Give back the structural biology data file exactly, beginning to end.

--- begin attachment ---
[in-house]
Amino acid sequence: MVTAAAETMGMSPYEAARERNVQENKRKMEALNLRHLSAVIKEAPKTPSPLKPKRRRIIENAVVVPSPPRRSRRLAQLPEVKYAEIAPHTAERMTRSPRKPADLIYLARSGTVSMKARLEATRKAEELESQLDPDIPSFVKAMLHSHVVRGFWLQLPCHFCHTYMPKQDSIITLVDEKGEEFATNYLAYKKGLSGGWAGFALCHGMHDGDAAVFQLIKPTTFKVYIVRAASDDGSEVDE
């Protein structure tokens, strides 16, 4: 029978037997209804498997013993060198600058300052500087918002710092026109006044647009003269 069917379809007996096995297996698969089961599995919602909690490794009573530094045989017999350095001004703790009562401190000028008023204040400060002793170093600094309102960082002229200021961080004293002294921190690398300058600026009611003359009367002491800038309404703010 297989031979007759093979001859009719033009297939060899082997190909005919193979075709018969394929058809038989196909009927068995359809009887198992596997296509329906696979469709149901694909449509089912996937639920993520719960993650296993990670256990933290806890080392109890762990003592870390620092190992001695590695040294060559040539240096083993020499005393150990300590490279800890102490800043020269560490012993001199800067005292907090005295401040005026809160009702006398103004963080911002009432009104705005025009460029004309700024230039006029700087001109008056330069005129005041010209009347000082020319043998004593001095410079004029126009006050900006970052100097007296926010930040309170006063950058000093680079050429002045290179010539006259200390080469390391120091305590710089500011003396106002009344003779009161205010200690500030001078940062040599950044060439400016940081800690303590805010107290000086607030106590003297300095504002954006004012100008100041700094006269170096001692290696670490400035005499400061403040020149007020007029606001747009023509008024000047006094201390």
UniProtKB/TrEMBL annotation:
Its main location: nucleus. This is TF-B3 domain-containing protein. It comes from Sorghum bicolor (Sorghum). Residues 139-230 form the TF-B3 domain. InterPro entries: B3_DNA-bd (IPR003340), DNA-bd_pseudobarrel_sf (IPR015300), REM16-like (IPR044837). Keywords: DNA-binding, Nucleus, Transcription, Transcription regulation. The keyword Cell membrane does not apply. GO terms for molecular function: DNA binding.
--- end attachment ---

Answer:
[in-house]
Amino acid sequence: MVTAAAETMGMSPYEAARERNVQENKRKMEALNLRHLSAVIKEAPKTPSPLKPKRRRIIENAVVVPSPPRRSRRLAQLPEVKYAEIAPHTAERMTRSPRKPADLIYLARSGTVSMKARLEATRKAEELESQLDPDIPSFVKAMLHSHVVRGFWLQLPCHFCHTYMPKQDSIITLVDEKGEEFATNYLAYKKGLSGGWAGFALCHGMHDGDAAVFQLIKPTTFKVYIVRAASDDGSEVDE
């Protein structure tokens, strides 16, 4: 029978037997209804498997013993060198600058300052500087918002710092026109006044647009003269 069917379809007996096995297996698969089961599995919602909690490794009573530094045989017999350095001004703790009562401190000028008023204040400060002793170093600094309102960082002229200021961080004293002294921190690398300058600026009611003359009367002491800038309404703010 297989031979007759093979001859009719033009297939060899082997190909005919193979075709018969394929058809038989196909009927068995359809009887198992596997296509329906696979469709149901694909449509089912996937639920993520719960993650296993990670256990933290806890080392109890762990003592870390620092190992001695590695040294060559040539240096083993020499005393150990300590490279800890102490800043020269560490012993001199800067005292907090005295401040005026809160009702006398103004963080911002009432009104705005025009460029004309700024230039006029700087001109008056330069005129005041010209009347000082020319043998004593001095410079004029126009006050900006970052100097007296926010930040309170006063950058000093680079050429002045290179010539006259200390080469390391120091305590710089500011003396106002009344003779009161205010200690500030001078940062040599950044060439400016940081800690303590805010107290000086607030106590003297300095504002954006004012100008100041700094006269170096001692290696670490400035005499400061403040020149007020007029606001747009023509008024000047006094201390």
UniProtKB/TrEMBL annotation:
Its main location: nucleus. This is TF-B3 domain-containing protein. It comes from Sorghum bicolor (Sorghum). Residues 139-230 form the TF-B3 domain. InterPro entries: B3_DNA-bd (IPR003340), DNA-bd_pseudobarrel_sf (IPR015300), REM16-like (IPR044837). Keywords: DNA-binding, Nucleus, Transcription, Transcription regulation. The keyword Cell membrane does not apply. GO terms for molecular function: DNA binding.